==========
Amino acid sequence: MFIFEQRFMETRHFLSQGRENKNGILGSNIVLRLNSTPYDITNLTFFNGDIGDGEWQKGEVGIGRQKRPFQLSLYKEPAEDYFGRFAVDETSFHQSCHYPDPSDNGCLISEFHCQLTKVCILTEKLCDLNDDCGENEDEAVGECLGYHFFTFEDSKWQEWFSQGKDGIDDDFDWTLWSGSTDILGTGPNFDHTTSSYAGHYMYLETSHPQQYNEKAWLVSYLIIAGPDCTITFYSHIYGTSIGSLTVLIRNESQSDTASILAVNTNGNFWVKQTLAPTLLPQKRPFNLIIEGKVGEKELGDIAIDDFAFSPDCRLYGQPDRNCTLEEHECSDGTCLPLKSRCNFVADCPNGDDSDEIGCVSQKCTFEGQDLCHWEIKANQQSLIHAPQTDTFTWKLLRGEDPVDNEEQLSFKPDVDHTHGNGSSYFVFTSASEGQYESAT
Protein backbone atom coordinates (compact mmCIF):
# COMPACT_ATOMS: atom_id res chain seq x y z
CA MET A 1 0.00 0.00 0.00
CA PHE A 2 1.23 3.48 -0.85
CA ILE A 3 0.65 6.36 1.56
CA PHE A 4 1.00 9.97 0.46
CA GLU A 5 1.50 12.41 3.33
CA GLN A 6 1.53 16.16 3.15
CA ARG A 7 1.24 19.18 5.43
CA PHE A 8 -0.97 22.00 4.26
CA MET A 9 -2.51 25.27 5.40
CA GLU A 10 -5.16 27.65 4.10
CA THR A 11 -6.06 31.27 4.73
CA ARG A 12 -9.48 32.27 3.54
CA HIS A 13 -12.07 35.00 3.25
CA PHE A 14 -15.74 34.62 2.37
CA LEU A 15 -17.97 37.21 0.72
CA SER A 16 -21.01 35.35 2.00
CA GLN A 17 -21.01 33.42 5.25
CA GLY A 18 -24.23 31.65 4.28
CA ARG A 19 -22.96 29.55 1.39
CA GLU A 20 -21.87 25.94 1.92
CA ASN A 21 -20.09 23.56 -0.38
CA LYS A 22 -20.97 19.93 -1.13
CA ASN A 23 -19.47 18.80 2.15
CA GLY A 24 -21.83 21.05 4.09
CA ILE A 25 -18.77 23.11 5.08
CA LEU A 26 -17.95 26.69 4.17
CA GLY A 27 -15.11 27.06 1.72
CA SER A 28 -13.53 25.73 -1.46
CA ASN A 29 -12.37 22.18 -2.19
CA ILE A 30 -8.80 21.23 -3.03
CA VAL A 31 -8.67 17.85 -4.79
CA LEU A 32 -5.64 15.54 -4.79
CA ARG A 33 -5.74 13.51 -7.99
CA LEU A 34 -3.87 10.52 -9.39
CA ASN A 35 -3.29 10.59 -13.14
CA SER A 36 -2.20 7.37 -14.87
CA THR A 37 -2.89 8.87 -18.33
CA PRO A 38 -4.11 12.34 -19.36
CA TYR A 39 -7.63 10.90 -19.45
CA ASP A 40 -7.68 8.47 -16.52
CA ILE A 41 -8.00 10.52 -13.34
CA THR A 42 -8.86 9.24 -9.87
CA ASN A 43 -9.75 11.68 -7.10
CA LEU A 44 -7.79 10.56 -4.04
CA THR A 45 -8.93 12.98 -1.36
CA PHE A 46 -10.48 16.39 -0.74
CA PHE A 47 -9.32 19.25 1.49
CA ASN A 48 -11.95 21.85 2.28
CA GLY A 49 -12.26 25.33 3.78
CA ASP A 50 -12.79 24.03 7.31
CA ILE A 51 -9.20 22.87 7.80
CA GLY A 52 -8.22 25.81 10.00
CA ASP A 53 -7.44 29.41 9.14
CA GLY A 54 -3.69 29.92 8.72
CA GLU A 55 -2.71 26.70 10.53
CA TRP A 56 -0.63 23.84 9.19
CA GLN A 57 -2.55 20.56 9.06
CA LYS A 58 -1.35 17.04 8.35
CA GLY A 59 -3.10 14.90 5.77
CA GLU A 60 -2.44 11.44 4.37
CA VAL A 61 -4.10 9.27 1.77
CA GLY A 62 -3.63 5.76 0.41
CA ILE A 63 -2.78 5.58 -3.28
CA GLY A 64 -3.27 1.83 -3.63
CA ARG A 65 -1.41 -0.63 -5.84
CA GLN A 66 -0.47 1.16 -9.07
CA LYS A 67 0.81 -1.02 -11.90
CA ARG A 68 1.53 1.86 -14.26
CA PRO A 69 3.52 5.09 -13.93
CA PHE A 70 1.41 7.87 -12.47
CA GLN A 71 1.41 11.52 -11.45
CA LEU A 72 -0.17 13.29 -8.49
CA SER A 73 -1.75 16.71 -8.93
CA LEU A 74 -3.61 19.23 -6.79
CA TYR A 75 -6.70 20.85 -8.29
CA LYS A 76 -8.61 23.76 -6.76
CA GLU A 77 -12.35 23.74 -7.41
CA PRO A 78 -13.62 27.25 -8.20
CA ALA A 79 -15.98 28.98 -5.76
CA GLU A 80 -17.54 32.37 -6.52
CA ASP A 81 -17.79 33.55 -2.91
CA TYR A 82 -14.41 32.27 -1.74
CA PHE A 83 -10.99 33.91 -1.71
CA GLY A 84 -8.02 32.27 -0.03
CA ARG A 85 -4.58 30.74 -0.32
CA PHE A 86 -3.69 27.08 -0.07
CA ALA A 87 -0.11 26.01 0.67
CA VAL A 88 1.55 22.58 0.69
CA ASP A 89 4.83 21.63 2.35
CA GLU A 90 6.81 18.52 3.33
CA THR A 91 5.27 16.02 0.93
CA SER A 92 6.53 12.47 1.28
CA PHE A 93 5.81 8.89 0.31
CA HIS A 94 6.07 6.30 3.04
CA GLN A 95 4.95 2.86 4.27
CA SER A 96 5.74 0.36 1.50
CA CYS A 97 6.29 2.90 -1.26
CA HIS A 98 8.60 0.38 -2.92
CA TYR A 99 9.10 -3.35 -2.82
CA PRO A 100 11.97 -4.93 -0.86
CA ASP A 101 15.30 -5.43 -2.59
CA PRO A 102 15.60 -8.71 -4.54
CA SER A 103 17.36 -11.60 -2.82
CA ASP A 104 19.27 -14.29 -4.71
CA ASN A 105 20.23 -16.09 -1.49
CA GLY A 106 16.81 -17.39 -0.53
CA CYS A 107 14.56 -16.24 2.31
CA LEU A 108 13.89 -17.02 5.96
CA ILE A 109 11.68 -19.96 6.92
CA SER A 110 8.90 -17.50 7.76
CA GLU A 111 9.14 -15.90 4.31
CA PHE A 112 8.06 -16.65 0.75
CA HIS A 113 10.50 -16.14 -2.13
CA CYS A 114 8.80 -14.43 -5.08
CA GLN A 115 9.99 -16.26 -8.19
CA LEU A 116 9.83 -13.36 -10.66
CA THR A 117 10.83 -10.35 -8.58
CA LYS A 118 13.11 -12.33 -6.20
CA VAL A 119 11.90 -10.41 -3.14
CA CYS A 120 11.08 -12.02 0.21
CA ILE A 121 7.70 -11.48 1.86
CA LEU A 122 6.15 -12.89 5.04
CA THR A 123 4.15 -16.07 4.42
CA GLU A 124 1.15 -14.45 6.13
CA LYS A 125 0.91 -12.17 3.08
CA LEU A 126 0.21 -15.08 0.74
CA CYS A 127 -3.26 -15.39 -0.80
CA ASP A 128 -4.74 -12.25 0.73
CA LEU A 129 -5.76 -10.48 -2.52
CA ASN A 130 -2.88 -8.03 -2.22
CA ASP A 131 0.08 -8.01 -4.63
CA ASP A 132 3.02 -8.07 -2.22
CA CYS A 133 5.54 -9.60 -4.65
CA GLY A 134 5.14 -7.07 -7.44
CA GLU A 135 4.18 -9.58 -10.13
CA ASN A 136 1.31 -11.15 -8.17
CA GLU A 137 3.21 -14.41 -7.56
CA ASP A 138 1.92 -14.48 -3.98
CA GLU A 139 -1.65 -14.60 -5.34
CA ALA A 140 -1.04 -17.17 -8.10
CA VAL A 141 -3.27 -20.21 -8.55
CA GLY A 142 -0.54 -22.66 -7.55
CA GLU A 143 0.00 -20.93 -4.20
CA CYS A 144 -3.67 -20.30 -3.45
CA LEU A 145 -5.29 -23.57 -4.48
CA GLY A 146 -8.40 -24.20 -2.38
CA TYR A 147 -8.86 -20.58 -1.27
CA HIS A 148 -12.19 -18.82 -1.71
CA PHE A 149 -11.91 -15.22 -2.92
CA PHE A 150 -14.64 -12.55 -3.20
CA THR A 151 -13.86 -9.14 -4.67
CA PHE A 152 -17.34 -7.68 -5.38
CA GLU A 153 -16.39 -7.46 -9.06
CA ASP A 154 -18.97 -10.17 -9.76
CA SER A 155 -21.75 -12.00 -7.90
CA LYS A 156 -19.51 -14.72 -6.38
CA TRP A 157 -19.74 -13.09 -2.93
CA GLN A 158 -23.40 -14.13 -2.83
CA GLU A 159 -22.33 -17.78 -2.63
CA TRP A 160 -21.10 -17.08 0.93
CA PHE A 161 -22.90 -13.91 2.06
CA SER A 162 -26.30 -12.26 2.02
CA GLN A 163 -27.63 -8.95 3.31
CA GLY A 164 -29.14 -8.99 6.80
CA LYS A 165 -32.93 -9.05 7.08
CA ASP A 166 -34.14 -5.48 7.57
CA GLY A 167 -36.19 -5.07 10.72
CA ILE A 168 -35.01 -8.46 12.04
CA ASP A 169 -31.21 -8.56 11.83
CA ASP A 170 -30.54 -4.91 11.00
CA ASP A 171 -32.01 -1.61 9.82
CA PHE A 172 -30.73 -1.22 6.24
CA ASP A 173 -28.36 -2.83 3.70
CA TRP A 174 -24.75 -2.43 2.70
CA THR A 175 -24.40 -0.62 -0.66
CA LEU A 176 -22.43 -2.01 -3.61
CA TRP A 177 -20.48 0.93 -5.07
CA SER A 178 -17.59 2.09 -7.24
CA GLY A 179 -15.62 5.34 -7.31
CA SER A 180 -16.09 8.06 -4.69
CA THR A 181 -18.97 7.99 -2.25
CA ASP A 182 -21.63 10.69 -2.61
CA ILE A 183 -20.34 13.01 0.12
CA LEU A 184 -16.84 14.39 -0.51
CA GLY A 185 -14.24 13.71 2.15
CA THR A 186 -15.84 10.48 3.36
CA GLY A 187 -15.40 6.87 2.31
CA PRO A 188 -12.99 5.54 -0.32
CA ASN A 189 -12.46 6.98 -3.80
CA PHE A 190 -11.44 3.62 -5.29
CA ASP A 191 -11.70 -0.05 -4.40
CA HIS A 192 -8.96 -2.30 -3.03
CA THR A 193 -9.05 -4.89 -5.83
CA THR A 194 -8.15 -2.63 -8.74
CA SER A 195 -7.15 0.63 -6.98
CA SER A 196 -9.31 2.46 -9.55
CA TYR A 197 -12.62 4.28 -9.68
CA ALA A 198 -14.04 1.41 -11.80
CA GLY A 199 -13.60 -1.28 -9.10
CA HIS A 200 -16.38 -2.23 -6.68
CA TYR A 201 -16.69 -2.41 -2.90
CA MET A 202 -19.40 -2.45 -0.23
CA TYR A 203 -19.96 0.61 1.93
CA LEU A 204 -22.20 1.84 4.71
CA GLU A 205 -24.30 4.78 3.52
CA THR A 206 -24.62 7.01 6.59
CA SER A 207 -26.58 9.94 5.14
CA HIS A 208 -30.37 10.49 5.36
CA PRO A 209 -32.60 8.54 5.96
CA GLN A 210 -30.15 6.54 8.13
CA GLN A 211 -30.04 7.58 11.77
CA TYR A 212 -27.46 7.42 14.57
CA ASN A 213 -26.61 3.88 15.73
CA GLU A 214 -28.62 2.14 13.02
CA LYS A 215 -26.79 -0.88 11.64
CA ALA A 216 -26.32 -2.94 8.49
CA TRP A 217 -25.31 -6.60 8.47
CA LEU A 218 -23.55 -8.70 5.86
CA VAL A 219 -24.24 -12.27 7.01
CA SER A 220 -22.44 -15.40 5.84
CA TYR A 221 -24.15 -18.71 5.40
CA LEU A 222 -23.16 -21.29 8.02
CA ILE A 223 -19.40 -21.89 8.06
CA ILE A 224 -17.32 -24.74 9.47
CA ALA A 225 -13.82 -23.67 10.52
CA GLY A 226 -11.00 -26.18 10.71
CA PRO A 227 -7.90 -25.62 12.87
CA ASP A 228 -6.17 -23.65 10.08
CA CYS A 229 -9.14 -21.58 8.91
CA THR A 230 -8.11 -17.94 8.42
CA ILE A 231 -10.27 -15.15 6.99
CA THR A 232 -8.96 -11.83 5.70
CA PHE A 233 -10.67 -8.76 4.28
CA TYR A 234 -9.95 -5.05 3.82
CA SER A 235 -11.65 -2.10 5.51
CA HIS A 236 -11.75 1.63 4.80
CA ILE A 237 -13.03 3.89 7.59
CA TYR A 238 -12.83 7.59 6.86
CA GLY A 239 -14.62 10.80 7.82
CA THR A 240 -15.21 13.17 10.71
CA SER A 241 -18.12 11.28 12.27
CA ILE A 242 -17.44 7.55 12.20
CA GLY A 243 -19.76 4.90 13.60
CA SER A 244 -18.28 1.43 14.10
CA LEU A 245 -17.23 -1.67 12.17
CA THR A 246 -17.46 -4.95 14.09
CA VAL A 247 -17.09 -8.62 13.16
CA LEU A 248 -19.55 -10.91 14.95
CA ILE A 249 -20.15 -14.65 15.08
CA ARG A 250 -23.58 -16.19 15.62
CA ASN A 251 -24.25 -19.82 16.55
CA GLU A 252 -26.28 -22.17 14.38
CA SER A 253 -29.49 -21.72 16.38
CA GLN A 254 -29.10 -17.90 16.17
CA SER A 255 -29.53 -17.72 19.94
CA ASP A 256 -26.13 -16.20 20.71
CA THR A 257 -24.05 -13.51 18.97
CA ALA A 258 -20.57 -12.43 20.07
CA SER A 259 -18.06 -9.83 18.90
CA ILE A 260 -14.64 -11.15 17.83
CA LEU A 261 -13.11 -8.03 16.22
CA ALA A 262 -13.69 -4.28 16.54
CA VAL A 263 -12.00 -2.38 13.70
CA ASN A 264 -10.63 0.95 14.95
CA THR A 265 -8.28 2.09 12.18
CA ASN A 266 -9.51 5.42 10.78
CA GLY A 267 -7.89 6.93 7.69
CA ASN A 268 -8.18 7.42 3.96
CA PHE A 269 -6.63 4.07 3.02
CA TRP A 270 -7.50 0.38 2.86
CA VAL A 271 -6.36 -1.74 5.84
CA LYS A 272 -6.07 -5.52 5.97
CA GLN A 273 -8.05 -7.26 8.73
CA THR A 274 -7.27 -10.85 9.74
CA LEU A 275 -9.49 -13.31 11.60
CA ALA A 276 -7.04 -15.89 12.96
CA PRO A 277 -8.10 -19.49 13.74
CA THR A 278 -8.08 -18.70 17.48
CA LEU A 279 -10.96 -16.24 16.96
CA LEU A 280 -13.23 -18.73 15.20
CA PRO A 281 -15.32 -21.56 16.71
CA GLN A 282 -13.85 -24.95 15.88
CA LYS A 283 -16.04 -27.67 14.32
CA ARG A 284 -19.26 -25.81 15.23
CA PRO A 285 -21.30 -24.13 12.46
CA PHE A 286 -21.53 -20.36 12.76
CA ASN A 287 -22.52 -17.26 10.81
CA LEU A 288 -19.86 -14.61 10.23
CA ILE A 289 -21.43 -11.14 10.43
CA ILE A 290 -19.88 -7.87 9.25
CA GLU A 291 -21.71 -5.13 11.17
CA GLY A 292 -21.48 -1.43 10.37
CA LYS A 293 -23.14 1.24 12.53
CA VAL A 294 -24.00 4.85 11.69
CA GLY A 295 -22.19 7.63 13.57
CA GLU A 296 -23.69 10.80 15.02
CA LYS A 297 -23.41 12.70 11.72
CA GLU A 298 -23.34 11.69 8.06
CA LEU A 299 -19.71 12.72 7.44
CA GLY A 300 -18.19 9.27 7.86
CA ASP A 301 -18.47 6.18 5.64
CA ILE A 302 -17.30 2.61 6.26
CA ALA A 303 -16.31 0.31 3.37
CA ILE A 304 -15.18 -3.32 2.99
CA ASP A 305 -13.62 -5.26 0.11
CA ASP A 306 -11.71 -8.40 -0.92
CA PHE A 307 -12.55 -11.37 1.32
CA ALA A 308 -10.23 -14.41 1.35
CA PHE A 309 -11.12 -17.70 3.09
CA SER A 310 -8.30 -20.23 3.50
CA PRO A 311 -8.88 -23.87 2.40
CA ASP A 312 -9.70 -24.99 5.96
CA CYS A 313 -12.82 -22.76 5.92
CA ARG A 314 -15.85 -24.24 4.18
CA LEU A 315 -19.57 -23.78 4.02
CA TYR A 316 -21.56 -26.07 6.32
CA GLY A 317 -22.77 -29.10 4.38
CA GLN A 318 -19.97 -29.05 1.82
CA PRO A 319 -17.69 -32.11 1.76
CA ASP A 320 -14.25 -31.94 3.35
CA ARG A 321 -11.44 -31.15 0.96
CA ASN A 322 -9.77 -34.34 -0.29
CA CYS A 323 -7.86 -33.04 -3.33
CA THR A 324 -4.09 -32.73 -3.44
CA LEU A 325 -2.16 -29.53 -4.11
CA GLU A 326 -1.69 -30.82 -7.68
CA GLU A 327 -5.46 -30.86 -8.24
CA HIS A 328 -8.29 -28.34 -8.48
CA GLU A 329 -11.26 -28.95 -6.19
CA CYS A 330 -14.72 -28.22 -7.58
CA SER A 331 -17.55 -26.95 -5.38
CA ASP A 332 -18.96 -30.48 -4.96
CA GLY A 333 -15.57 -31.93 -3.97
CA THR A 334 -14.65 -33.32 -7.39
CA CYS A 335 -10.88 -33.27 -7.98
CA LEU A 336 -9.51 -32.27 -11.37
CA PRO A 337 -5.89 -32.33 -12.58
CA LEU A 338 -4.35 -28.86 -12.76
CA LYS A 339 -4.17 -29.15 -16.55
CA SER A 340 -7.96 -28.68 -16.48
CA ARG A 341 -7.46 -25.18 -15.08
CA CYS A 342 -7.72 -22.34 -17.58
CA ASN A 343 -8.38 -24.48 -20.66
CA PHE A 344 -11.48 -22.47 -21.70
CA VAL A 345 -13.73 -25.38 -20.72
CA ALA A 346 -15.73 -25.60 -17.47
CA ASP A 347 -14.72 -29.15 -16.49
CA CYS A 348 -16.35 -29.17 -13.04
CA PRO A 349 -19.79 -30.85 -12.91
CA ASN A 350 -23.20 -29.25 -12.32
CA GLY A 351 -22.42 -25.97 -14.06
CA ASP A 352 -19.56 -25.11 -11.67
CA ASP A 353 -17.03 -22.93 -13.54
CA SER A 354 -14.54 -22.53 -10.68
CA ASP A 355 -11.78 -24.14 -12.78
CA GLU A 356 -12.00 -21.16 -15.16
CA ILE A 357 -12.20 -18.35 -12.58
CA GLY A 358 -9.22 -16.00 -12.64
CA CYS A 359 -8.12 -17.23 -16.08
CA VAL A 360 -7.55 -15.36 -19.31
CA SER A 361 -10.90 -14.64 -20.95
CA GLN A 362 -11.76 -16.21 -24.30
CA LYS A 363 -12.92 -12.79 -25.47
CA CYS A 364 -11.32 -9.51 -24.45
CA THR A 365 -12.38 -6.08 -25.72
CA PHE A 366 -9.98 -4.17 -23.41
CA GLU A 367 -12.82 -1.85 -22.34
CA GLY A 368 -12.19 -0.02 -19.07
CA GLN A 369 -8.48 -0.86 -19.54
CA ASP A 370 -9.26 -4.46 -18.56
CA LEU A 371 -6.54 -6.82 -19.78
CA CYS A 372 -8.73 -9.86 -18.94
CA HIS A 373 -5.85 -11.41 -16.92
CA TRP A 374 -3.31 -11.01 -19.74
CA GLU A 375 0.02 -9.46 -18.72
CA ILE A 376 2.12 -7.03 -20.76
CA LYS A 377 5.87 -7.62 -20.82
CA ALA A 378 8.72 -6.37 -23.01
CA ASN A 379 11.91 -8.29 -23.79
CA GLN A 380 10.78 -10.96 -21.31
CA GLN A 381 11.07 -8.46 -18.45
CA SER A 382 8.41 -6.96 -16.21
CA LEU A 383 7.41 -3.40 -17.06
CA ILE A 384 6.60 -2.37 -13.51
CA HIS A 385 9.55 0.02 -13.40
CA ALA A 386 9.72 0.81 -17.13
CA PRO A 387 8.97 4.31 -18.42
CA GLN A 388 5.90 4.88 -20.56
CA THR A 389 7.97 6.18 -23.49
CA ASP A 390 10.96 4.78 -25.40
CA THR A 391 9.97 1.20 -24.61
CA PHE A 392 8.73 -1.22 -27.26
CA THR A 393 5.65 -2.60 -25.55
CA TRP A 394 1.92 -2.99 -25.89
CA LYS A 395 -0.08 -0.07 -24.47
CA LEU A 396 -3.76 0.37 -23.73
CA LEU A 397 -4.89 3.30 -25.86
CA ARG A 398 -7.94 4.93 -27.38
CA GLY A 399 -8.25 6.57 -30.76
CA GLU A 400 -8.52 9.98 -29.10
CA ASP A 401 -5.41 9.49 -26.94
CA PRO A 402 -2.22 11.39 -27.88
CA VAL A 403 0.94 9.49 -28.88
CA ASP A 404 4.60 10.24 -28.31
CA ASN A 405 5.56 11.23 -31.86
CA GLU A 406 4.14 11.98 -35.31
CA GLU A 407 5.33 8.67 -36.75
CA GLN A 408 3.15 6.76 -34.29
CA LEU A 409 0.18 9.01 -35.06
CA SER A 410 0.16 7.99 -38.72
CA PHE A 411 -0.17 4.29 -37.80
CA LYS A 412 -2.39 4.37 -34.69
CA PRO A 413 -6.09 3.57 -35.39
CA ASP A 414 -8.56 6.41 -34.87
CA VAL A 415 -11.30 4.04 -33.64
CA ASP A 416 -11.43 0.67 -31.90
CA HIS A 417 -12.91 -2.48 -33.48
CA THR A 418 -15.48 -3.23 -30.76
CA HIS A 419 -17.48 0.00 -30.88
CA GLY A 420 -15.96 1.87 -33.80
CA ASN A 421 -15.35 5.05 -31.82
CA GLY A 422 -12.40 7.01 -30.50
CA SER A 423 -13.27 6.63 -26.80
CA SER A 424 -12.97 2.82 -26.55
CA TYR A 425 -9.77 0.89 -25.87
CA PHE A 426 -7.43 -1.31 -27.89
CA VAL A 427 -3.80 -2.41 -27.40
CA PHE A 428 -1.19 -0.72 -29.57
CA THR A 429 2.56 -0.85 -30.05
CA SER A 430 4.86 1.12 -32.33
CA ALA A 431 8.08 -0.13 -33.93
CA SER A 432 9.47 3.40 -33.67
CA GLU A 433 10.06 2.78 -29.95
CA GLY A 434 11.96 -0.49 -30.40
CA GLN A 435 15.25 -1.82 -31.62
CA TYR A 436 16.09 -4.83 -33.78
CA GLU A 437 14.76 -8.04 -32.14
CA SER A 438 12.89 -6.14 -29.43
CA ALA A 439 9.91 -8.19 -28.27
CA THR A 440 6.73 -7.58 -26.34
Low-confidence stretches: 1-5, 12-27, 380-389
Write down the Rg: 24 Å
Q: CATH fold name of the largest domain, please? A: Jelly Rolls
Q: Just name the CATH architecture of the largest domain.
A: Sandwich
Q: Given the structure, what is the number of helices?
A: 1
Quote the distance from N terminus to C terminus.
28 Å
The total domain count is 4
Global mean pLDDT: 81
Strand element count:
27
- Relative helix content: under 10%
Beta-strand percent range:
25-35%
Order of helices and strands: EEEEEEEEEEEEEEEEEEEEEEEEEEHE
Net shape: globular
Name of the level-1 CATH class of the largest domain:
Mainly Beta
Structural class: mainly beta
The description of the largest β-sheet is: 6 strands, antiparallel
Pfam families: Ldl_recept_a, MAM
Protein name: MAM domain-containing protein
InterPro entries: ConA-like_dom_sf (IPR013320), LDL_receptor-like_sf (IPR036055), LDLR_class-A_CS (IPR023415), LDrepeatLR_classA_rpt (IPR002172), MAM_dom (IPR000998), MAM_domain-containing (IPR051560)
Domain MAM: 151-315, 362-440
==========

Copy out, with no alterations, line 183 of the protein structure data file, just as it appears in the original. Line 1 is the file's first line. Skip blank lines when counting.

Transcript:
CA SER A 180 -16.09 8.06 -4.69